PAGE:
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Give your room a sensory makeover

Refresh your environment

Look into new sounds, colours, scents, seating, textures and lighting, and make your bedroom somewhere you can really relax and unwind.


Sounds

Some of us enjoy music while studying and are happy to work in coffee shops or trains, while others need complete silence to be able to focus.

The impact of the background sounds on the performance of the task primarily depends on the individual’s personality, type of the task, and the characteristics of the background sounds.

Some people find noise distracting, and like wearing noise cancelling headphones or ear protectors when studying. Others enjoy background sounds, and use different apps.

Try a new sound experience

  • Try finding new background noises on Noisli, Coffitvity, My Noise, or Online noises
  • Try looking up your favourite ambience on YouTube:
  • Use headphones to be considerate of others.
  • If you're very sound-sensitive, you might want to look into noise reducing headphones and earplugs.

Colours

Did you know that colours in your environment can have an effect on your mood, memory and performance?

Colour is not just represented in vision, and it can evoke emotional responses, aesthetic judgements, and associations to objects and concepts. There is also a growing body of recent evidence that colour can affect performance on cognitive tasks.

However, responses to colour tend to be very subjective. The best way to explore what your preferences are to vary the colours in your environment and study materials and see if this helps you engage more efficiently with your work.

Try a new colour experience

  • Wear sunglasses or glasses with a coloured tint
  • Buy a colour-changing lamp
  • Look up light projectors online (or for a cheaper version, set a picture of a colour on your laptop, and then let the glow fill a darkened room)
  • Change your bedsheets, duvet covers and clothes.

Scents

Smell is our biological reaction to airborne chemicals and the most evocative of all the senses. During our lives we create unique associates between what we smell and what we see, hear and feel.

The connection between smell and memory happens to be a directly physical one. This nearness links the emotional brain to the smell receptors more closely than to any other sense. In principle, using smells to study is simply the association of the smell with a fact, concept, or idea. Scent could be used to recall contexts or in particular, to enhance our memory recall.

Many people use aromatherapy to create an atmosphere where they can relax, destress and unwind, or focus and be more alert.

Try a new scent experience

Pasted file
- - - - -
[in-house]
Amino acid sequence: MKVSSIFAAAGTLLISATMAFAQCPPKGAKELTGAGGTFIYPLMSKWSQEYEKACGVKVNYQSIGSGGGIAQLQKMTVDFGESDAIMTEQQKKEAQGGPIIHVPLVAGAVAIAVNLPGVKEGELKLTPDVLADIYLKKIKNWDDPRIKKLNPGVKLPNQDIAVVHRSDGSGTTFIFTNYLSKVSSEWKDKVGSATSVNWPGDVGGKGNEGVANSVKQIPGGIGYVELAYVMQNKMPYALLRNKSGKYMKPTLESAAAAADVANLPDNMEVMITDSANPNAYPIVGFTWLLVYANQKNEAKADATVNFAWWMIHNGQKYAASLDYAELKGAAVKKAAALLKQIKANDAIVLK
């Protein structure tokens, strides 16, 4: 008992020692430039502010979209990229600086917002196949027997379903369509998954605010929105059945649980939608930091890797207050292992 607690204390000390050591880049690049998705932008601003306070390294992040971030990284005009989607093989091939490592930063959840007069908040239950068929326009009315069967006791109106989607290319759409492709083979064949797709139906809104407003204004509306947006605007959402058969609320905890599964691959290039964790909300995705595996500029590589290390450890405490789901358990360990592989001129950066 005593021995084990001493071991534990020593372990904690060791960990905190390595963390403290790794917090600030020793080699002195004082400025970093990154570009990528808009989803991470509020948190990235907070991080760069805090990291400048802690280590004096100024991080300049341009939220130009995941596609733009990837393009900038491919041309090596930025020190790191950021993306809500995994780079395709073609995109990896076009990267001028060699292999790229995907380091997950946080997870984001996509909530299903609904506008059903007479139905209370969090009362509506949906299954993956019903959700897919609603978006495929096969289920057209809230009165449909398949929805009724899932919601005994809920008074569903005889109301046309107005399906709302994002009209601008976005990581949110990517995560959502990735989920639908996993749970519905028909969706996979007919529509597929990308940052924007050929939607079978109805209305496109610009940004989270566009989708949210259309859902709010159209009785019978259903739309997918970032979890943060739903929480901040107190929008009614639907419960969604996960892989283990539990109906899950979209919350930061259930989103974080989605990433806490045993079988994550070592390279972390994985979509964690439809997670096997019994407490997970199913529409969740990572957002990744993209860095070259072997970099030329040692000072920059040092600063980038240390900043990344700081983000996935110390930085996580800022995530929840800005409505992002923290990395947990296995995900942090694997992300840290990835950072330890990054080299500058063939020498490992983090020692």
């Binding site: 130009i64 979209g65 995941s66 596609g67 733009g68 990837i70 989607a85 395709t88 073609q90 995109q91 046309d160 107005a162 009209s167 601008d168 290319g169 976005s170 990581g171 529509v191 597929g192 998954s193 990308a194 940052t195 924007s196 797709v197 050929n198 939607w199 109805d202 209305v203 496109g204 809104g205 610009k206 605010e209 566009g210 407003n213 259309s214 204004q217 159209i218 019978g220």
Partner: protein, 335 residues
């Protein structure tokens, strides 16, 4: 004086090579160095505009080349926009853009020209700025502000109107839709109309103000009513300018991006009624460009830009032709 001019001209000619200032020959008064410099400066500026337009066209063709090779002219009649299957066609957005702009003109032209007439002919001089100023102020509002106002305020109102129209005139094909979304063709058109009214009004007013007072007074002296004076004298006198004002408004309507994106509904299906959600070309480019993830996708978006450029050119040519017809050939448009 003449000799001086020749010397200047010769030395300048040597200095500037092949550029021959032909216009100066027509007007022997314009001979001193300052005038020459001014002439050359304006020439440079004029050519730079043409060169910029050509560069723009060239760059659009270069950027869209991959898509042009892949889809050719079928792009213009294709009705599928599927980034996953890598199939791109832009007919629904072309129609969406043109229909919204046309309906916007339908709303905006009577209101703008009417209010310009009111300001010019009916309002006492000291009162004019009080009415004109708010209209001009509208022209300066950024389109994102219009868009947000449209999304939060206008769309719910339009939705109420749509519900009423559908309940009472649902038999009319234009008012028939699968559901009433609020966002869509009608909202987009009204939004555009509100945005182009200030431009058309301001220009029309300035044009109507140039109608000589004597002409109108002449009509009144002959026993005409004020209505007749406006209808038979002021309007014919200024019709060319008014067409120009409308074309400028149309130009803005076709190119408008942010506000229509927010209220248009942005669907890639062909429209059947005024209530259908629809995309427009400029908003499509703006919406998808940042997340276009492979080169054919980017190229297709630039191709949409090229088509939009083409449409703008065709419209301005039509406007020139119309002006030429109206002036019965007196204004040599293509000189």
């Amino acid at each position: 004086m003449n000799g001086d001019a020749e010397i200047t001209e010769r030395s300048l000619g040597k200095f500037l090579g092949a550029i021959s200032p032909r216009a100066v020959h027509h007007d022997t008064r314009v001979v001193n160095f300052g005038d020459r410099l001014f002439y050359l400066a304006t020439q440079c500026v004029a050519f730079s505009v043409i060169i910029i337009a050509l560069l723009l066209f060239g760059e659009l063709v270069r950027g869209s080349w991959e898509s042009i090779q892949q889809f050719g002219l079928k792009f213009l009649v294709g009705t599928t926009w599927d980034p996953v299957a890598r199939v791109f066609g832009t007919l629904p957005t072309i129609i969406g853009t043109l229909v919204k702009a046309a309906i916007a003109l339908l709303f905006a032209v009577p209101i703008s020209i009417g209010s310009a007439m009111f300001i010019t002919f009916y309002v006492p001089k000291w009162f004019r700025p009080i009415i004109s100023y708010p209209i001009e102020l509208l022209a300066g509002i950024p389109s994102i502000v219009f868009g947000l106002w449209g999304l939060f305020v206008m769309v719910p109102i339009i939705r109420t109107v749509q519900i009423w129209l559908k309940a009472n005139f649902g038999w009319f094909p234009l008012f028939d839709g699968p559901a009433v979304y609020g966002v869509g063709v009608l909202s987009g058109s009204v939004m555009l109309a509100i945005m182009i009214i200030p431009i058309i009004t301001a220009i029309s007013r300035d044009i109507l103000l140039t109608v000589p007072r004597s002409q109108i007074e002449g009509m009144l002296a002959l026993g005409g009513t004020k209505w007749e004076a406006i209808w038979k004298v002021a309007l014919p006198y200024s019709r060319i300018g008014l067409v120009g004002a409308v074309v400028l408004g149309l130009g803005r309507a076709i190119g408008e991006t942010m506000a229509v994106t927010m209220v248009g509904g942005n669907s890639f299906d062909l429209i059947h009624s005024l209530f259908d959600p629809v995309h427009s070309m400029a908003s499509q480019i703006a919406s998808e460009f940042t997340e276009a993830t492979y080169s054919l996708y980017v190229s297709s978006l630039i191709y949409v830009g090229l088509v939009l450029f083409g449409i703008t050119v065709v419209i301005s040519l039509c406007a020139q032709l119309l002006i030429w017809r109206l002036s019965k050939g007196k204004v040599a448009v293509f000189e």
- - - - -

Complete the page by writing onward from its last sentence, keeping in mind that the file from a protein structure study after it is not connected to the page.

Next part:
• Look into aromatherapy and essential oils
  • Try new perfumes, aftershaves, soaps and bodywashes
  • Enjoy the smell of foods and drinks, like fresh-ground coffee

Seating

Different types of seating provide different types of sensory feedback. It's important that your work desk is set up correctly to avoid any pain or injuries.

You might also try some alternatives, especially when doing non-computer work or just relaxing.

Whatever seating arrangement you choose, try to avoid sitting down for long periods of time and make sure to stand up or stretch regularly.

Try new ways of sitting

  • Rocking back and forth in a rocking chair or a swing provides calming, soothing vestibular feedback.
  • Sinking into a bean bag and letting it mould to your body offers a relaxing deep pressure.
  • Wobble cushions encourage active sitting, they provide your body with proprioceptive feedback as you move. The raised surface also provides tactile sensory feedback.

Textures and touch

Our tactile sense has the largest sensory organ as it is the whole of our skin. This not only senses externally when we touch things and things touch us but also internally, recognising pressure, pain and temperature.

During stressful times, some people find that using sensory objects or fidgets provides a calming tactile feedback and stress relief, as well as aiding focus. We all have different preferences in terms of texture and other tactile elements, so it worth trying a few different objects or even making your own to suit you perfectly.

Try a new tactile experience

  • Wear really tight clothing, or really loose clothing.
  • Try a heavy weighted blanket
  • Look into massaging your body, or "brushing" parts of your body
  • Draw in sand or salt; get cooking, painting or sculpting.
  • Use therapy putties or hand-strengtheners

Lighting

Poor lighting reduces the effectiveness of the brain’s power to gather data. And full-spectrum natural lighting works best to improve behaviour, create less anxiety and stress, and improve overall health.

Where possible, especially when you can't get outside for a while, try studying next to a window - but try not face the direct sunlight because it may be distracting and too bright. With artificial lights, low lighting is preferable to overhead lighting, especially with fluorescents lights.

Try a new light experience today

  • Colour-changing lights
  • Fairy lights
  • Fake rechargeable candles
  • Seasonal Affective Disorder (SAD) lights - these can help to boost your mood, especially when you can't go outdoors as much as normal.